Slowly but surely, the winnowing process is taking its toll on the Democratic presidential field. On Thursday, Ohio Rep. Tim Ryan dropped out of the race to focus on his reelection bid in the House. On the surface, the congressman’s electoral pitch as a moderate, blue-collar Democrat from the traditional swing state of Ohio had a fair bit of potential, too. But unlike South Bend, Indiana, Mayor Pete Buttigieg or even Minnesota Sen. Amy Klobuchar, Ryan failed to attract enough support to carve out some sort of lane for himself in the primary.
Some of Ryan’s struggles came down to the nature of the field and his relatively low profile coming into the race. As a House member, Ryan might have started out at a disadvantage compared to some candidates who held or had held higher offices. If Ryan had been, say, Ohio Sen. Sherrod Brown — who opted not to run for president — things might have gone differently. Even after six or so months of campaigning, Ryan wasn’t that well known. Only about half of Democrats had an opinion about him back in late August, and recent polling suggests that he wasn’t becoming better known, either. Of course, if former Vice President Joe Biden hadn’t gotten into the race, it’s possible that some moderate Democrats would have considered Ryan as an alternative. In the end, Ryan wasn’t even able to attract the very low threshold of support necessary — 2 percent in four qualifying polls and 130,000 unique donors — to qualify for the third and fourth debates (he wasn’t on track to make the fifth debate, either).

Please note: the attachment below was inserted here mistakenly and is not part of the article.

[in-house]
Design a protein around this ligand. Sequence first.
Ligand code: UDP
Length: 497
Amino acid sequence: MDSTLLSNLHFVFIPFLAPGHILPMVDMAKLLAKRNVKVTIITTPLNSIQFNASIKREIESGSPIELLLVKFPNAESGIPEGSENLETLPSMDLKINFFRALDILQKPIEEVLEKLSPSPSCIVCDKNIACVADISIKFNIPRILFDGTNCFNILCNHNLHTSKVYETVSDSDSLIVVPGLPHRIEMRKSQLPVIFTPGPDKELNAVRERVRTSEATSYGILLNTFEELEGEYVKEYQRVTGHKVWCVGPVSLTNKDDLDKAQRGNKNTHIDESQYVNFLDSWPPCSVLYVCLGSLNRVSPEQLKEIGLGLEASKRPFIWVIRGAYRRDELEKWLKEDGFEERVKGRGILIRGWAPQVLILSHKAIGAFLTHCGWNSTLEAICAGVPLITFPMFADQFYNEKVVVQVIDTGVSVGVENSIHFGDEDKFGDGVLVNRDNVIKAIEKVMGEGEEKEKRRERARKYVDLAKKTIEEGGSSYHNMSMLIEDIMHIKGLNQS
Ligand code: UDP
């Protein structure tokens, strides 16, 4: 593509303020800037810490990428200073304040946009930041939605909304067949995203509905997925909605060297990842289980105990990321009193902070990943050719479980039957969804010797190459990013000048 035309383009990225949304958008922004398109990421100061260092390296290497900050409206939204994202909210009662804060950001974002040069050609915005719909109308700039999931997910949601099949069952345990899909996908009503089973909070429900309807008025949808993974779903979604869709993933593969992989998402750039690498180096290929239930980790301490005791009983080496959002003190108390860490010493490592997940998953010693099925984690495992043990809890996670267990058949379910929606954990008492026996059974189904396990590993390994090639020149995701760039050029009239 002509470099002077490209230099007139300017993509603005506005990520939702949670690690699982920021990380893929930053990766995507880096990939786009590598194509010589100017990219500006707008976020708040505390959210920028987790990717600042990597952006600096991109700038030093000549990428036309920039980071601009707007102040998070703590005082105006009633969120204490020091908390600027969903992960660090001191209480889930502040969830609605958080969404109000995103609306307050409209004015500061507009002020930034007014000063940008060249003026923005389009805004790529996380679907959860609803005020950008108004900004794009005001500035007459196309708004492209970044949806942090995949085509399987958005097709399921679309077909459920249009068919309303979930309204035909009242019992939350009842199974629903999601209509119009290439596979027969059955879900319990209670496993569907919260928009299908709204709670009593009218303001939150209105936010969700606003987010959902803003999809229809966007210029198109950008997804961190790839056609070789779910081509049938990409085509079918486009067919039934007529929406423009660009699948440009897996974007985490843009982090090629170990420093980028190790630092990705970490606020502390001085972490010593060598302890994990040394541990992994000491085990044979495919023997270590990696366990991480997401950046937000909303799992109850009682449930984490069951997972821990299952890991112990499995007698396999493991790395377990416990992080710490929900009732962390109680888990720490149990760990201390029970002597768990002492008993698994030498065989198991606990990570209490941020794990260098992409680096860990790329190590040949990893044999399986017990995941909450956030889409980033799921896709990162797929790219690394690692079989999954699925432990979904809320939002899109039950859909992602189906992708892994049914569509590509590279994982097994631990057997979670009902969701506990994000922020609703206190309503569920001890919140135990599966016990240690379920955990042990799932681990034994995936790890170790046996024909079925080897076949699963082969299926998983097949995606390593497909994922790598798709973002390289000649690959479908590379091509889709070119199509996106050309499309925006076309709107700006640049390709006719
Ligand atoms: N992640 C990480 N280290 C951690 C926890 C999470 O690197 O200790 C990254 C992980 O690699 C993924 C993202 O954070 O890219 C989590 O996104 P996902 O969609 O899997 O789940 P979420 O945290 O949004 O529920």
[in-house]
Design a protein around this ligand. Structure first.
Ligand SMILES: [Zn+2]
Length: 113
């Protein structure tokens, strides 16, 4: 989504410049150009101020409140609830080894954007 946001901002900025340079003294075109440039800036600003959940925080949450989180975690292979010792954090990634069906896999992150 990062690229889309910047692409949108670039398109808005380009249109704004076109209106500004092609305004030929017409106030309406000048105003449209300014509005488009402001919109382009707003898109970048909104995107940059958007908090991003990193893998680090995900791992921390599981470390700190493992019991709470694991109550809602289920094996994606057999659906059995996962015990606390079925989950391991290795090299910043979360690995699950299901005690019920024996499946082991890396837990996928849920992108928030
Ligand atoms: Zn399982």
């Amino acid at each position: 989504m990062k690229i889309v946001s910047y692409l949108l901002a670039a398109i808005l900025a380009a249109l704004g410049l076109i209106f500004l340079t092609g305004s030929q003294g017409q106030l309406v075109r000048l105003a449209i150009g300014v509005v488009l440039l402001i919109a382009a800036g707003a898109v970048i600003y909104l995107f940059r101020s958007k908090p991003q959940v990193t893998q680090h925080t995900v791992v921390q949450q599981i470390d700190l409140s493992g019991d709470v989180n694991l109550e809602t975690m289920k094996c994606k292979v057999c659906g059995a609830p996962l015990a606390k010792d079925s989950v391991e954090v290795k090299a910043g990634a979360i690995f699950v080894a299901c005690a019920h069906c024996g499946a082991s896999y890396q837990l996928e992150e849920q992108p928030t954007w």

Ryan’s lack of financial resources also factored into his campaign’s difficulties and eventual demise. In the second quarter of 2019, he raised roughly $900,000, which would have been a great fundraising haul for his House race but was woefully inadequate for a presidential candidate (and the second-lowest amount of any “major” presidential candidate at the time, per FiveThirtyEight’s criteria). And in the third quarter he fared even worse, bringing in only $425,000 with just $160,000 in the bank. Although Ryan could theoretically have stayed in the race for months to come — Ohio law permits someone to run for president and the House at the same time — it’s tough to maintain a presidential campaign if you have virtually no money, so Ryan’s poor fundraising was probably the nail in his campaign’s coffin.
If Ryan had had a breakthrough in the two debates he participated in, maybe he could’ve raised a bit more money or attracted more support in the polls. But he didn’t have a “moment” in the debates, much less in the campaign as a whole. Just as things didn’t pan out for Reps. Eric Swalwell and Seth Moulton, Ryan’s failure is yet another example of how hard it is for a House member to run for president.